- Technology – The 2007 plan called for 300 miles of vehicle barriers, 370 miles of fencing, 105 radar and camera towers, and 4 unmanned reconnaissance aircraft. By 2011 we had 651 miles of fencing including 299 vehicle barriers, 300 radar and camera towers, and 9 unmanned reconnaissance aircraft.
- Detentions – The 2007 plan called for funding up to 30,000 detentions per day by Immigrations and Customs Enforcement. By 2011, ICE had funding for 34,000 detentions per day.
Indeed, ICE has deported more people since 2009 than during the first six years of the Bush administration, and net migration across the Mexican border has reached zero, meaning as many (or more) people leave than arrive. Still, Republicans like Rep. Louie Gohmert (R-TX) insist President Obama won’t “secure the border,” which is a vague phrase on which there is no agreed definition.
What’s more, Republicans rarely mention our longer and less secure Canadian border, or that 40% undocumented workers arrive legally at airports and seaports and then overstay their visas. The GOP’s obsession on our Mexican border – with some insisting those four states should have veto power over federal immigration policy – proves, as CNN’s LZ Granderson mused during the 2012 Republican primaries, that “‘secure the border’ is slang for ‘keep the Mexicans out.'”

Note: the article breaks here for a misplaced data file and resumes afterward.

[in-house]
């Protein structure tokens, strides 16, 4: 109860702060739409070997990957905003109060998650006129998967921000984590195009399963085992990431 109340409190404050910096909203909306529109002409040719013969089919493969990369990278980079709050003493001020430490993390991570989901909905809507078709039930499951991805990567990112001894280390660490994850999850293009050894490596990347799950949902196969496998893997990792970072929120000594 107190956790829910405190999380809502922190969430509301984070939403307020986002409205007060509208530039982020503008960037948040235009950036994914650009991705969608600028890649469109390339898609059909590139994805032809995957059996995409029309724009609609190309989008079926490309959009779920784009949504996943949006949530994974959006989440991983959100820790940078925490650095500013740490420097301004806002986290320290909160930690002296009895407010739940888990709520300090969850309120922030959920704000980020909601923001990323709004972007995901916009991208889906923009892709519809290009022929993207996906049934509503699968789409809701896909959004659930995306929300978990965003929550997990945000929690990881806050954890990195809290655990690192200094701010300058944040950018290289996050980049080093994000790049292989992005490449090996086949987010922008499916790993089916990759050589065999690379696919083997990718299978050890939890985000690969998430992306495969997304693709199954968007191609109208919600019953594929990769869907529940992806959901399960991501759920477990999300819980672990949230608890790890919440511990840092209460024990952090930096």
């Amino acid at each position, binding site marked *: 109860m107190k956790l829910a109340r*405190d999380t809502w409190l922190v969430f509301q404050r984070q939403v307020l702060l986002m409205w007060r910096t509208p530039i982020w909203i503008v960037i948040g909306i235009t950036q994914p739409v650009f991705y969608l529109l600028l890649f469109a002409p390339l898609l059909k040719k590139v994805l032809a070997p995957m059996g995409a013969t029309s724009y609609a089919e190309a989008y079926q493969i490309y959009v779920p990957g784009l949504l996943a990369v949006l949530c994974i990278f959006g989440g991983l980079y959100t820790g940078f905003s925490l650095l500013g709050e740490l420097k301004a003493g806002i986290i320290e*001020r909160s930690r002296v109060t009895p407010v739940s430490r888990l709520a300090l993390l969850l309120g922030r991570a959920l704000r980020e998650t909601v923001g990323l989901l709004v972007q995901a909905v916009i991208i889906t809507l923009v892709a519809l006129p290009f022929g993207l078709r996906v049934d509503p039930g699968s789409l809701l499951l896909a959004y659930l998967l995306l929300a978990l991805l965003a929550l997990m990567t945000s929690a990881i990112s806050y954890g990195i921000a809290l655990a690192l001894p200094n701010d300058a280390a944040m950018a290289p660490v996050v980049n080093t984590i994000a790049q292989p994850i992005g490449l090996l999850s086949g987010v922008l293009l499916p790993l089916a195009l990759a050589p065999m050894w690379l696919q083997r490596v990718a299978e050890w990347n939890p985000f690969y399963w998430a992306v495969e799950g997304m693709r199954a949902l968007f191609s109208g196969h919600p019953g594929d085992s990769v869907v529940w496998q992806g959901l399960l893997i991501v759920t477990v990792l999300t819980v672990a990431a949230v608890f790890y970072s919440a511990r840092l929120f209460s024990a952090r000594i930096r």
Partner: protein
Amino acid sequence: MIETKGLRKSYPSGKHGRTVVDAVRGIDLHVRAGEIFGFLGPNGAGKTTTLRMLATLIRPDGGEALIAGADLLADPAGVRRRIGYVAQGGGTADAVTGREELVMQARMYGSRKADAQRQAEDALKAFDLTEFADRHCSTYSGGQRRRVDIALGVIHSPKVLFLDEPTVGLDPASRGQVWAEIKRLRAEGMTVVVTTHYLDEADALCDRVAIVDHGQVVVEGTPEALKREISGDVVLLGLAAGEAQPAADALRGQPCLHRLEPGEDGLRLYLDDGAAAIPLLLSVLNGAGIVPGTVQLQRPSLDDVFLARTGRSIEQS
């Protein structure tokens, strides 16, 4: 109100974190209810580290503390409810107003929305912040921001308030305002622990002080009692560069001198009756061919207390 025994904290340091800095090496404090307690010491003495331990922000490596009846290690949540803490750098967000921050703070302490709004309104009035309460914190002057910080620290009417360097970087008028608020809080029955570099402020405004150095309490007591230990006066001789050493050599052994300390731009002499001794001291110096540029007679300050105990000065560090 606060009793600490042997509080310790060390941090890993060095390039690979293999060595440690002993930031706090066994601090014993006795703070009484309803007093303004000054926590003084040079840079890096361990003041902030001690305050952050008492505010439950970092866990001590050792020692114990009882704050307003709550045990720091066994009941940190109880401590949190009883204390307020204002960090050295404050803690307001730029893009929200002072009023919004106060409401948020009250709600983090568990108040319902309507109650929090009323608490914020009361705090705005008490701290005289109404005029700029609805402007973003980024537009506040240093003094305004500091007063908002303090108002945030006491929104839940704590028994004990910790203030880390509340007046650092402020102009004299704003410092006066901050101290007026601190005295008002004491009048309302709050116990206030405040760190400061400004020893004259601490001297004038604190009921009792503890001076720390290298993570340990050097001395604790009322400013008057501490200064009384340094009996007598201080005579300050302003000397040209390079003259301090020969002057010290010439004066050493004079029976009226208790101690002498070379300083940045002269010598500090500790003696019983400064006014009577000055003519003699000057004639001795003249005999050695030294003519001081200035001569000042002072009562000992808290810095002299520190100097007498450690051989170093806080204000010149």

President Obama includes LGBT families
President Obama’s immigration reform proposal also included LGBT families:
The proposal seeks to eliminate existing backlogs in the family-sponsored immigration system by recapturing unused visas and temporarily increasing annual visa numbers. The proposal also raises existing annual country caps from 7 percent to 15 percent for the family-sponsored immigration system. It also treats same-sex families as families by giving U.S. citizens and lawful permanent residents the ability to seek a visa on the basis of a permanent relationship with a same-sex partner. The proposal also revises current unlawful presence bars and provides broader discretion to waive bars in cases of hardship.
Needless to say, that outraged some Republicans like Sen. Lindsey Graham (SC), who remarked: “Why don’t we just put legalized abortion in there and round it all out?”
But Sen. John McCain (R-AZ) did not rule out adding LGBT families to the Gang of Eight’s plan, saying: “We haven’t even gotten that far yet. This is thrown out by the people who think we have gotten into the details, which we haven’t. We haven’t gotten into those kind of details.”
Both President Obama’s and the Gang of Eight’s proposals are merely outlines and, as with any legislation, the details will matter. For example, current visa and green card quotas would leave many undocumented workers waiting decades to start their paths to citizenship. Still, the proposals seem close enough that President Obama and Senate Democrats should be able to gather enough Senate Republicans to pass a reasonable package. The issue then shifts to the House, where – because most Republicans come from almost exclusively white districts – Speaker John Boehner may have to abandon the Hastert Rule again and pass a bill with mostly Democratic votes.
Color me … cautiously optimistic.